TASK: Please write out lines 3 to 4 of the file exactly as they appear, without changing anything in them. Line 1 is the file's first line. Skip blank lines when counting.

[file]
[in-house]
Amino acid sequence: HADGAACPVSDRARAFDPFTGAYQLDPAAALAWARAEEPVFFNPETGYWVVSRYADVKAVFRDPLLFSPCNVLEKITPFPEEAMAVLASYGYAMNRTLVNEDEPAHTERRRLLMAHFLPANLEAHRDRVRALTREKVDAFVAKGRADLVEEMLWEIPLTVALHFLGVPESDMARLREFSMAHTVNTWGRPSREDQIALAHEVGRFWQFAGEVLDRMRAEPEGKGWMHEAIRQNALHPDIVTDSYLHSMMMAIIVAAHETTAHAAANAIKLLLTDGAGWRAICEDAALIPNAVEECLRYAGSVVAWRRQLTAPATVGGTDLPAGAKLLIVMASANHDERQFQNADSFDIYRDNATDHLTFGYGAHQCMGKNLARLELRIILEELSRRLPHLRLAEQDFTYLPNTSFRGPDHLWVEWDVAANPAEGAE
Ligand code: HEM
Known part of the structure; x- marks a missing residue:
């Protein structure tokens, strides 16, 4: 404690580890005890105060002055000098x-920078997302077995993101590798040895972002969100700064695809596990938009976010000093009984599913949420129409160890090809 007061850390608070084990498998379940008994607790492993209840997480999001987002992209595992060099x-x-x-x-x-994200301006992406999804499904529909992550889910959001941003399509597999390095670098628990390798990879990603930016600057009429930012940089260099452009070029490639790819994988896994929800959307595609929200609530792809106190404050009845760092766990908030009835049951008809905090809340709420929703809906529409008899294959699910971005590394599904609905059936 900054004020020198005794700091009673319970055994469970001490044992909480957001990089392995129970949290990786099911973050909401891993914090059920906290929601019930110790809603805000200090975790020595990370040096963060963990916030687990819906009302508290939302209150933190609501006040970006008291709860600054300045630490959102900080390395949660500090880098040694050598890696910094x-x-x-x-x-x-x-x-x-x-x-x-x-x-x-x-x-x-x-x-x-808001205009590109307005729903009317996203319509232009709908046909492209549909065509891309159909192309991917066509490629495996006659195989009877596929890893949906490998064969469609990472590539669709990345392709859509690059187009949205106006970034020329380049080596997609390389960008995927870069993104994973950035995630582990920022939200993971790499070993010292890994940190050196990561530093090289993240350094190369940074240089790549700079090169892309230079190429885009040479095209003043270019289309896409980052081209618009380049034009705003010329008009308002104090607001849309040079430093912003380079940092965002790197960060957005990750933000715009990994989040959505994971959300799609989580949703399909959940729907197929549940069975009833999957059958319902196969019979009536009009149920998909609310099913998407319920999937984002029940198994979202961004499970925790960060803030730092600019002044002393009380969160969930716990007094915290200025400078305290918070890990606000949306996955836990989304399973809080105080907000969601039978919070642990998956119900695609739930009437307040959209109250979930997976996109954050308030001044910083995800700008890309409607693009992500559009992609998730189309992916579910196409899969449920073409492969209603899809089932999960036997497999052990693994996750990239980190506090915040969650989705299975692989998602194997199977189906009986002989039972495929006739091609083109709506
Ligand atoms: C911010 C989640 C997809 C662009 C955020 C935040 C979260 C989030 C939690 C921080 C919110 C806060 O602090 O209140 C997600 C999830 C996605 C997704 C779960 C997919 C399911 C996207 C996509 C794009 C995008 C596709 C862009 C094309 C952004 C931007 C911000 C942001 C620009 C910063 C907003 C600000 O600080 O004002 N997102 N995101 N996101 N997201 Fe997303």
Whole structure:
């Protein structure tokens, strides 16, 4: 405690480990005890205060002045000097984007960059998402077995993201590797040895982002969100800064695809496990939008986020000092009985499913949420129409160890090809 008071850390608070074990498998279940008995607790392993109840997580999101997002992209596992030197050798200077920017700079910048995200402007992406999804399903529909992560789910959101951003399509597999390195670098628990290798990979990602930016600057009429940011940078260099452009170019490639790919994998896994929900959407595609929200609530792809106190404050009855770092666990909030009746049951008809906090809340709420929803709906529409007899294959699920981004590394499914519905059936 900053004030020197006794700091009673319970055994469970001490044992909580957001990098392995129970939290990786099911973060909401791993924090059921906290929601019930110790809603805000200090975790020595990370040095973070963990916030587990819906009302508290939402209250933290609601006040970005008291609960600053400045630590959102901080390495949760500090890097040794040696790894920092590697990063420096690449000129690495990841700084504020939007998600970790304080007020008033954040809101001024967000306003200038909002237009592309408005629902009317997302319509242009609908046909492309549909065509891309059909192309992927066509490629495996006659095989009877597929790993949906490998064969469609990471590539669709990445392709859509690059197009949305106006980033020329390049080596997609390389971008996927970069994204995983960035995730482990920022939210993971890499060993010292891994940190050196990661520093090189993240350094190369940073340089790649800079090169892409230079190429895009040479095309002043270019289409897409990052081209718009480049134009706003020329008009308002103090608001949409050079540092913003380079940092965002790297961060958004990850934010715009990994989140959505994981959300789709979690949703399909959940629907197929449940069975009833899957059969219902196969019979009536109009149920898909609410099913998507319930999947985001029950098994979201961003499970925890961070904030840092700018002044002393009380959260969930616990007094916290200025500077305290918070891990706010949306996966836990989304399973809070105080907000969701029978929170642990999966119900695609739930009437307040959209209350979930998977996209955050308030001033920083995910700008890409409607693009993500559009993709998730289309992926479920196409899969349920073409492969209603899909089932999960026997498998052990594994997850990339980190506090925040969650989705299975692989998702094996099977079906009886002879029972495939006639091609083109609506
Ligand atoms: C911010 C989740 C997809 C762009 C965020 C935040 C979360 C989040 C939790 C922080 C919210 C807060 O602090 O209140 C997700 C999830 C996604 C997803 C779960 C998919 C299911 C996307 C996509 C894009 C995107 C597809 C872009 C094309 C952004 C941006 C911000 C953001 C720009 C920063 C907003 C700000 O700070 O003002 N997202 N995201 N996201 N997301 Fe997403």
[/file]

Ligand code: HEM
Known part of the structure; x- marks a missing residue: